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Fancy Karuk Basket by Elizabeth Conrad Hickox In the late nineteenth century, non-Indian patronage of traditional Karuk, Yurok and Hupa basketmakers resulted in a decorative form that included fitted covers with extended knobs. The extraordinary skill of Elizabeth Hickox, daughter of a Wiyot mother and a German father, is apparent in this example. File Catalog Entry: "Fancy Basket" Karuk Woven by Elizabeth Conrad Hickox (1873-1947) Klamath River, Northern California ca. 1918 4 3/4" h. incl. lid Myrtle sticks, split willow (Salix spp.) or wild grape (Vitis californica) root, maidenhair fern (Adiantum pedatum), yellow dyed porcupine quills T135 Grace Nicholson, Pasadena, California, c.1918; J. Rauzy; Larry Wendt, Santa Fe The people of the Klamath River in northwest California twined beautiful baskets that were used for many purposes. Like this specimen they had warps of myrtle sticks and were tightly twined with wild grape root. The wefts are covered with an overlay of dyed porcupine quills, white bear grass and shiny black maidenhair fern stems. Three-strand twining was used around the base of the basket and around the knob on the lid. Elizabeth Hickox developed a distinctive style that raised Northern California basket making to a high art, combining technical virtuosity with an enormously varied range of designs beautifully developed on a single shape. (c.f. Dockstader 1973, pl.146; Conn 1979, p.345; Gogol 1985, p.32) Much of her extraordinarily refined talent was devoted to the making of small trinket baskets like this one, which in every way typifies the technical and aesthetic excellence which has made her the most renowned basket maker of Northern California. The people of the Klamath River in northwestern California twined beautiful baskets that were used for many purposes. Warps of hazel or myrtle sticks were tightly twined with split pine root which were covered with an overlay of yellow quills sometimes combined with shiny black maidenhair fern or red fern stems to make designs. In this basket, Hickox has replaced pine root with finely split wild grape root as a weft and hazel sticks or myrtle, as warp for greater fineness. In an extravagant display of technique she has used only yellow dyed porcupine quills as overlay in forming the design elements. Since porcupine quills are only about 2" long - each row of each design requires splicing in a new weft element. Using maidenhair fern as the design background is another innovation of hers. Three-strand twining was used around the base of the basket and around the knob on the lid. Humboldt State University 1991, p.66, fig.20; Muckenthaler Cultural Center 1991; Penney and Longfish 1995, p.188; Vincent 1995a, p.61.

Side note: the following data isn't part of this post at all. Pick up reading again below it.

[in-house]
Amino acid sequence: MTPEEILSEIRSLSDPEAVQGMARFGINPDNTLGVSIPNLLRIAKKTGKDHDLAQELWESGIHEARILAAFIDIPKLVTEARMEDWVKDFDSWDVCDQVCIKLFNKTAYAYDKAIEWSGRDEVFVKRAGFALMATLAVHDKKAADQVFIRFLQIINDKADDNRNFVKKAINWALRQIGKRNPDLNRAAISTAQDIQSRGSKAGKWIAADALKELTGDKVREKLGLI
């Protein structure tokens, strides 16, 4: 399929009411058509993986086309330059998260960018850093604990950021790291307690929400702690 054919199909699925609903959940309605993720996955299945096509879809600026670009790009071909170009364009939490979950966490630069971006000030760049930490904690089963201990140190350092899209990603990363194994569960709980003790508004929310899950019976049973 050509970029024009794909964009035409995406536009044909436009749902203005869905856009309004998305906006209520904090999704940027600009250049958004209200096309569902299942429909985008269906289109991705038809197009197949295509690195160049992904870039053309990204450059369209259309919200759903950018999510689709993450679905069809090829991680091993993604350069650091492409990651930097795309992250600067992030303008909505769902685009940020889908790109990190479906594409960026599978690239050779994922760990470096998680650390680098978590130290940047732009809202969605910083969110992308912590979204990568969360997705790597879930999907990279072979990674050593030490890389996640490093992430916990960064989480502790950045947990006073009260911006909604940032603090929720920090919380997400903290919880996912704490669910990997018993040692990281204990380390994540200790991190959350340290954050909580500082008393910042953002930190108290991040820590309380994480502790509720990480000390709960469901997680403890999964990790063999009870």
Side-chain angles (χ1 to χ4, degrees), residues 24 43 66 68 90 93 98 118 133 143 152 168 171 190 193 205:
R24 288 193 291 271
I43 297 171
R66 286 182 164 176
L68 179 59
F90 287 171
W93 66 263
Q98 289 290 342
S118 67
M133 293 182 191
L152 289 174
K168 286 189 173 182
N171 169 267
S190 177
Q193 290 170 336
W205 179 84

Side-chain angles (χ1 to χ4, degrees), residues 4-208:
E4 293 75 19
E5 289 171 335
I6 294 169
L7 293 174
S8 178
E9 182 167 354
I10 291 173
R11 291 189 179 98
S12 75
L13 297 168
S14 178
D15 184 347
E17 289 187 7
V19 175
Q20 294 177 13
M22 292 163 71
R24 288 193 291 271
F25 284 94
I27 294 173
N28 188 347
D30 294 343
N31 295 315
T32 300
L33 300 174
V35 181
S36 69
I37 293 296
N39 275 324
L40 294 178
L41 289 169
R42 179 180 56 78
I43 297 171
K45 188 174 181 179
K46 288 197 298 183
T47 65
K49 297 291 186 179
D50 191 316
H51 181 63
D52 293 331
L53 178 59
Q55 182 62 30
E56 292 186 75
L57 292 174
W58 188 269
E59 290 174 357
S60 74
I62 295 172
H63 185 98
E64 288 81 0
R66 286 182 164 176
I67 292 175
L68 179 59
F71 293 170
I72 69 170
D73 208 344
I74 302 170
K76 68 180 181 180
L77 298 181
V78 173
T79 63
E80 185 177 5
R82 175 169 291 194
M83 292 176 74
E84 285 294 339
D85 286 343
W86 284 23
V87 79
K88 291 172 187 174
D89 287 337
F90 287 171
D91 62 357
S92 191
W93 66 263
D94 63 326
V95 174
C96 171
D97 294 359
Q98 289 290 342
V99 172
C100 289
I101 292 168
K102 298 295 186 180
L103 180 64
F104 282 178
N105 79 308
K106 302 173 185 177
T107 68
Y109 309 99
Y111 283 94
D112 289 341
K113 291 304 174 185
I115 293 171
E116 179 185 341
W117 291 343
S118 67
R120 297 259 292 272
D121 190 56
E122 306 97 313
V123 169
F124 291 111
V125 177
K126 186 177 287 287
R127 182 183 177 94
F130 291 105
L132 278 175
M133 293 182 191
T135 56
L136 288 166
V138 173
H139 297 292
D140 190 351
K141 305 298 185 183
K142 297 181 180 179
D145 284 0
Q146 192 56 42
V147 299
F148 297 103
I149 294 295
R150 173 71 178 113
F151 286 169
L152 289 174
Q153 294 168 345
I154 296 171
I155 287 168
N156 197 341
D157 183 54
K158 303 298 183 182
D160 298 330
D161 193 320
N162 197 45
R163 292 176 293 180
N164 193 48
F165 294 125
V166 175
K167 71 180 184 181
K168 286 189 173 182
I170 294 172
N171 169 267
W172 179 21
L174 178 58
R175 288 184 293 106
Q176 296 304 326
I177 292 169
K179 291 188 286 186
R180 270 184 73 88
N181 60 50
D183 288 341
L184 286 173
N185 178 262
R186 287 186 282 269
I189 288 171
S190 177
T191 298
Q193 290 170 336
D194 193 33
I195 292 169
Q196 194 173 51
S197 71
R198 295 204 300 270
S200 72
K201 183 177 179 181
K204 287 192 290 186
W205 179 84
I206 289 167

diameter 4.75 in, height 4.75 in, width 3.75 in